https://y73qcq.bay.livefilestore.com/y2mPR4aoTEM5RLXnQ9M4w7GFeqffSC3xCDVtT-Pkig1EgdKm4G2UVh50ofVZaPGxvOS63whAlPHcXIdD0AlS9-5GHOf_JJ4tGEymFuB6Bx8iRvDoTw3c5RMr_fzmY71YgSX/Glenside%20museum%20-%20copyright%20Laura%20Humphreys.JPG?psid=1

Glenside, in Bristol, is housed in the former-chapel of the Glenside Asylum, and contains a vast number of historic objects that were used in the asylum. The museum is open once or twice a week, and is run exclusively by volunteers, the majority of which are former staff of the hospital. The asylum building itself remains empty (awaiting a developer), and unfortunately, the Glenside Volunteers have only a few years left on their lease of the chapel building from UWE. Their future is uncertain.

http://www.glensidemuseum.org.uk/

Stephen Beaumont Museum of Mental Health

Based in Wakefield on the site of the former West Riding Pauper Lunatic Asylum, built 1818. It was removed from its original site (latterly known as Stanley Royd Hospital) when it closed in 1995, and is no located at another local hospital. It holds a collection of objects and archives similar to Glenside’s, and includes an original and complete padded cell. Like Glenside, it is open once a week, and operated entirely by volunteers.

http://www.wakefieldasylum.co.uk/a-resource/stephen-g-beaumont-museum-of-mental-health/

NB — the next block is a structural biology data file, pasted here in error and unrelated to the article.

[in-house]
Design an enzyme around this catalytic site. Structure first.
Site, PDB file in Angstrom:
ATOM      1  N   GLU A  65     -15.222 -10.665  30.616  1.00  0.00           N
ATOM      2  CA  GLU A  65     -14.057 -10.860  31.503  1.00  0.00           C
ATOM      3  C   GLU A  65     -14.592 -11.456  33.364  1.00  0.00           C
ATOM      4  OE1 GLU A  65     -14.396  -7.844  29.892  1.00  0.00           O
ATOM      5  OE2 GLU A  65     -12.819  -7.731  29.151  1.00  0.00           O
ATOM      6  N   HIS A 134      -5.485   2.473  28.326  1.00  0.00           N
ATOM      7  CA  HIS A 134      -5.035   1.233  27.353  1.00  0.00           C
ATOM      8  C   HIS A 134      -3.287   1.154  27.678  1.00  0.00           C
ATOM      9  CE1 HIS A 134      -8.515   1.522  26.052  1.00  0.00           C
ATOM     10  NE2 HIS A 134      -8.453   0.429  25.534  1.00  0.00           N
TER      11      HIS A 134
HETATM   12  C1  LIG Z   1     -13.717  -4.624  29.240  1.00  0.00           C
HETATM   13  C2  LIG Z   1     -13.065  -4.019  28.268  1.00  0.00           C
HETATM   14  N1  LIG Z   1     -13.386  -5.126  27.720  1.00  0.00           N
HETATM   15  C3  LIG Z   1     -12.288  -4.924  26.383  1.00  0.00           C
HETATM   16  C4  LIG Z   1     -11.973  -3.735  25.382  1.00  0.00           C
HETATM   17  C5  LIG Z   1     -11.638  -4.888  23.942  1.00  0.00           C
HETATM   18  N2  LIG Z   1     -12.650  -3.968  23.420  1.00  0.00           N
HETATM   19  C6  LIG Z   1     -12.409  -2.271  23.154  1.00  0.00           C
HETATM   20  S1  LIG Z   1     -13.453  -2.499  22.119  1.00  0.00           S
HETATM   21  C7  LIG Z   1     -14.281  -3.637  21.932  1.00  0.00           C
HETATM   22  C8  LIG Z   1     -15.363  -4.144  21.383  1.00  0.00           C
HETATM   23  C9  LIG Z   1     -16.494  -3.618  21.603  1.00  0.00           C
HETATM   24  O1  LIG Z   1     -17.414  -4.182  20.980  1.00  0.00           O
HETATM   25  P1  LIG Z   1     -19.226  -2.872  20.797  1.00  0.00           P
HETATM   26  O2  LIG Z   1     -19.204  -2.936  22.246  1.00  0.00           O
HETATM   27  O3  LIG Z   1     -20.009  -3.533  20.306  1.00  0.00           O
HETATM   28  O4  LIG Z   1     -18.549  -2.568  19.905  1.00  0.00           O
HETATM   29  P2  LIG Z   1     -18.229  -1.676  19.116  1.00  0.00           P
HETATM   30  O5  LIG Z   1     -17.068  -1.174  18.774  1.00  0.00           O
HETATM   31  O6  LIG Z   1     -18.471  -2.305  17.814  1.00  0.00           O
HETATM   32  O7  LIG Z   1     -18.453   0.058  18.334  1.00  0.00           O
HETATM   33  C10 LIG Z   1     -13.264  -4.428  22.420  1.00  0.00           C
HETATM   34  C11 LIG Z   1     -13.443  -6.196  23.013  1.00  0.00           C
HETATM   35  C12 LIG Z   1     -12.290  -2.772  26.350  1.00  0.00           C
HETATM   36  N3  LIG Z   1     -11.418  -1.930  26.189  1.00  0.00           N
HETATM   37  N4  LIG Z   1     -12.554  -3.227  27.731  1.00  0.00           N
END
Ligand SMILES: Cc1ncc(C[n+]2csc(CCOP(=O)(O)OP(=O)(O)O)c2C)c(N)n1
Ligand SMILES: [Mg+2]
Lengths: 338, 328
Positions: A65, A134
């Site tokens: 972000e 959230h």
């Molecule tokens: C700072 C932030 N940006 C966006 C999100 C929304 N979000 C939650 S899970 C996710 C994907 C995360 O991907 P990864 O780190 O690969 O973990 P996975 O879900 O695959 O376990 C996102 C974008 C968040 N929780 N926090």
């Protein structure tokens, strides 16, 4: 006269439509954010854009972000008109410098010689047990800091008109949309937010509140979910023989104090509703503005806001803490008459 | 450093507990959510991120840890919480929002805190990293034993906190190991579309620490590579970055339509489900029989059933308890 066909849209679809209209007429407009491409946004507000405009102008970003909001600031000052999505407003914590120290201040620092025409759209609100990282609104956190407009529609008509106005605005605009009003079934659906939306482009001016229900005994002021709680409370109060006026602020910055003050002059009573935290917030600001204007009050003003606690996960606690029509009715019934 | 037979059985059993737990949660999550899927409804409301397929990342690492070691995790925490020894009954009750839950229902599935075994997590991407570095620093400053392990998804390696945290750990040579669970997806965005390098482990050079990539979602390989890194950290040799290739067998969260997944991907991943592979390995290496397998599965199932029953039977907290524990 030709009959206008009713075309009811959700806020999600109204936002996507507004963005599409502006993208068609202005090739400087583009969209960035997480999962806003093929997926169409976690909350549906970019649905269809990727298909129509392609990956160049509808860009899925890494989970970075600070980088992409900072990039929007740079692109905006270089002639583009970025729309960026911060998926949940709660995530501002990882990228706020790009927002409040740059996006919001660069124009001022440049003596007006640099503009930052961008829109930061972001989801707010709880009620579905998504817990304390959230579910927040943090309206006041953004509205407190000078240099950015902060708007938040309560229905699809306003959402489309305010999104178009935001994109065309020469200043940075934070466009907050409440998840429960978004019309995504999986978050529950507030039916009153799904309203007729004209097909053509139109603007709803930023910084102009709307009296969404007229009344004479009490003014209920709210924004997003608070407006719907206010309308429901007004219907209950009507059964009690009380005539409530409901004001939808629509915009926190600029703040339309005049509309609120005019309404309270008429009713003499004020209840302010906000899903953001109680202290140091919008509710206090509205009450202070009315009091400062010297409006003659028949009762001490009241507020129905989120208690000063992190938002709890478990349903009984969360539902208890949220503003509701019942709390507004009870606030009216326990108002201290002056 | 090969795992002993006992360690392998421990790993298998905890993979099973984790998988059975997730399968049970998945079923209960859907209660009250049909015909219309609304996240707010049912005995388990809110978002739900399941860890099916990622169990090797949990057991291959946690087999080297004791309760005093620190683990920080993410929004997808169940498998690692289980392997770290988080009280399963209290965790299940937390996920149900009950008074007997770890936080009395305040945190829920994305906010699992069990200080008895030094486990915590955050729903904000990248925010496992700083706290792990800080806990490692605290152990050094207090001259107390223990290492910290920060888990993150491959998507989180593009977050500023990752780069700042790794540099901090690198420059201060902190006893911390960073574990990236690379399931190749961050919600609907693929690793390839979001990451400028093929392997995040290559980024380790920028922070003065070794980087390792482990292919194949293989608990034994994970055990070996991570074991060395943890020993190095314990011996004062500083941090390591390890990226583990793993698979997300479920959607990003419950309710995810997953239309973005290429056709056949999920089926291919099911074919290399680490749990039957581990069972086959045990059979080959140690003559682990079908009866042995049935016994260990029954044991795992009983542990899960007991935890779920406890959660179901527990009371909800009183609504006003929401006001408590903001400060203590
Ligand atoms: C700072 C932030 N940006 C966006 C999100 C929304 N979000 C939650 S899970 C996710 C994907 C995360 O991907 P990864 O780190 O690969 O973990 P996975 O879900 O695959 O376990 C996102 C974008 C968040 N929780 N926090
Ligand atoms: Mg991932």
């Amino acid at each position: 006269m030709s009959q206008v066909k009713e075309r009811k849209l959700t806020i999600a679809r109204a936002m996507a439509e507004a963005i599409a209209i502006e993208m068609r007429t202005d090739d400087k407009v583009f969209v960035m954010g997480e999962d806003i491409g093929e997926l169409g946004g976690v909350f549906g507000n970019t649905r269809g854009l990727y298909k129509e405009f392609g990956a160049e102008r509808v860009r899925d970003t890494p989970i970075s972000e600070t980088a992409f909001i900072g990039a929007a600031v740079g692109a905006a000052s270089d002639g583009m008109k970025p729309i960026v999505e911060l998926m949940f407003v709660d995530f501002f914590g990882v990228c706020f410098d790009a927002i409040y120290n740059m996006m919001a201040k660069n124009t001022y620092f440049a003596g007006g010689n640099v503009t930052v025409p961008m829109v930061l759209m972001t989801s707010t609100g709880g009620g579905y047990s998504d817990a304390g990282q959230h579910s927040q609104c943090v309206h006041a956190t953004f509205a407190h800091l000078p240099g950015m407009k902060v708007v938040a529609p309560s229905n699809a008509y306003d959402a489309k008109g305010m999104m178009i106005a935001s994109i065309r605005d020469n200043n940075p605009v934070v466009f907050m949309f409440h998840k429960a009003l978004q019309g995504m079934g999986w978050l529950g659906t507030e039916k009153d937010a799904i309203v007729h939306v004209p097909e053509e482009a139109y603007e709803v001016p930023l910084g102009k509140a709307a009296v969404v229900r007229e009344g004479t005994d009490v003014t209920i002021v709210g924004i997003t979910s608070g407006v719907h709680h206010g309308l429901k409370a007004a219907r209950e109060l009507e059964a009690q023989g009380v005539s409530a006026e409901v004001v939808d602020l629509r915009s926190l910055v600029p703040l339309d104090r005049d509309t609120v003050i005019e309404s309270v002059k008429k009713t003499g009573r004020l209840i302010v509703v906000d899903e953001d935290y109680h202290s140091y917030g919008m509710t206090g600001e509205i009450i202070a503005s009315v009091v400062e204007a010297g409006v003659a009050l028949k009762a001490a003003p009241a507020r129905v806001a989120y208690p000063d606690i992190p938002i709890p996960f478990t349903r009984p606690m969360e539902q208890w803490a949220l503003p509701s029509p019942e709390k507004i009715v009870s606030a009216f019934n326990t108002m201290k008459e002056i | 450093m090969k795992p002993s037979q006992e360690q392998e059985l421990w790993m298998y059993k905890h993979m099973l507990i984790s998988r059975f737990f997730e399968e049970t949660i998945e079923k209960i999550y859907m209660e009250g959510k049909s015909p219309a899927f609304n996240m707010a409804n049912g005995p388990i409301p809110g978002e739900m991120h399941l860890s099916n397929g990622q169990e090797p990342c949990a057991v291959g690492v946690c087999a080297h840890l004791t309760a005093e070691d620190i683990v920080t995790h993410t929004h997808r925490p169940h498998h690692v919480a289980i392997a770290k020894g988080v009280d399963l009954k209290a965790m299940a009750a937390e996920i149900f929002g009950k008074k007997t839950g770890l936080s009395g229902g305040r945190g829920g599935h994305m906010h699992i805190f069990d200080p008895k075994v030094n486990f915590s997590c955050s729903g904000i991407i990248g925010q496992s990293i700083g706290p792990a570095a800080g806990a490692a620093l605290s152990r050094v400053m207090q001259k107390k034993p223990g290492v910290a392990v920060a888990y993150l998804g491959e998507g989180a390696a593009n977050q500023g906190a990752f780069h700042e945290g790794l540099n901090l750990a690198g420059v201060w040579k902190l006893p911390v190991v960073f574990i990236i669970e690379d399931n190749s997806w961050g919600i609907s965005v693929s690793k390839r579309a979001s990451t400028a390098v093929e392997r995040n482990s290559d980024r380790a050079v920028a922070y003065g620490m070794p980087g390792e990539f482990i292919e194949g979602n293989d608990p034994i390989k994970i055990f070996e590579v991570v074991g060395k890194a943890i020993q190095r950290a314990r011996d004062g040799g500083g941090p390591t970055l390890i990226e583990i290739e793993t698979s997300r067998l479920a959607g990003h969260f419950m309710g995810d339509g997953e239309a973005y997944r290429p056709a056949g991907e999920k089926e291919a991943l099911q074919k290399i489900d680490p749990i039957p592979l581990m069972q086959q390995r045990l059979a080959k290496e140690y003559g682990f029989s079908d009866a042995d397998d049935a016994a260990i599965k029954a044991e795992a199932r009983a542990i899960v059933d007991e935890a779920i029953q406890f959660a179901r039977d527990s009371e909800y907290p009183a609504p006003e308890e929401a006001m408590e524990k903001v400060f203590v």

Bethlem Royal Hospital Museum and Archives

Bethlem is perhaps more commonly known by its nickname, Bedlam. Situated in South London, the hospital remains an active mental healthcare facility, but operates a small museum and archive service as well. It holds historic objects and archives, as well as a large collection of artwork by former patients, such as Richard Dadd and Louis Wain. Bethlem is currently in the midst of raising funding to relocate from its small office and portacabin to a larger disused administration building on the same site.

http://www.bethlemheritage.org.uk/

 

There are also a number of medical museums which address the history of mental health, but are not dedicated to it. The Science Museum (http://www.sciencemuseum.org.uk/) holds a large collection of items relating to the history of mental health and illness, including asylums, psychometric testing, and anthropomety, and is organising an exhibition around the theme of electricity in medicine in the near future. At present, the Wellcome Collection is currently hosting an exhibition of Outsider Art from Japan, entitled Souzou (http://www.wellcomecollection.org/). Slowly but surely, museums are starting to address this formerly-overlooked facet of the history of medicine.

However, museums of mental health and illness do not have a track record of success. They are controversial sites in many ways, and many people would rather they were not preserved at all. In 2011, I undertook a survey asking people how they would feel about a museum of mental health, and specifically, one at Whitchurch, and the results were far from uniform. Several people felt that all asylums were places that should be destroyed and forgotten, while others had concerns for their own mental health: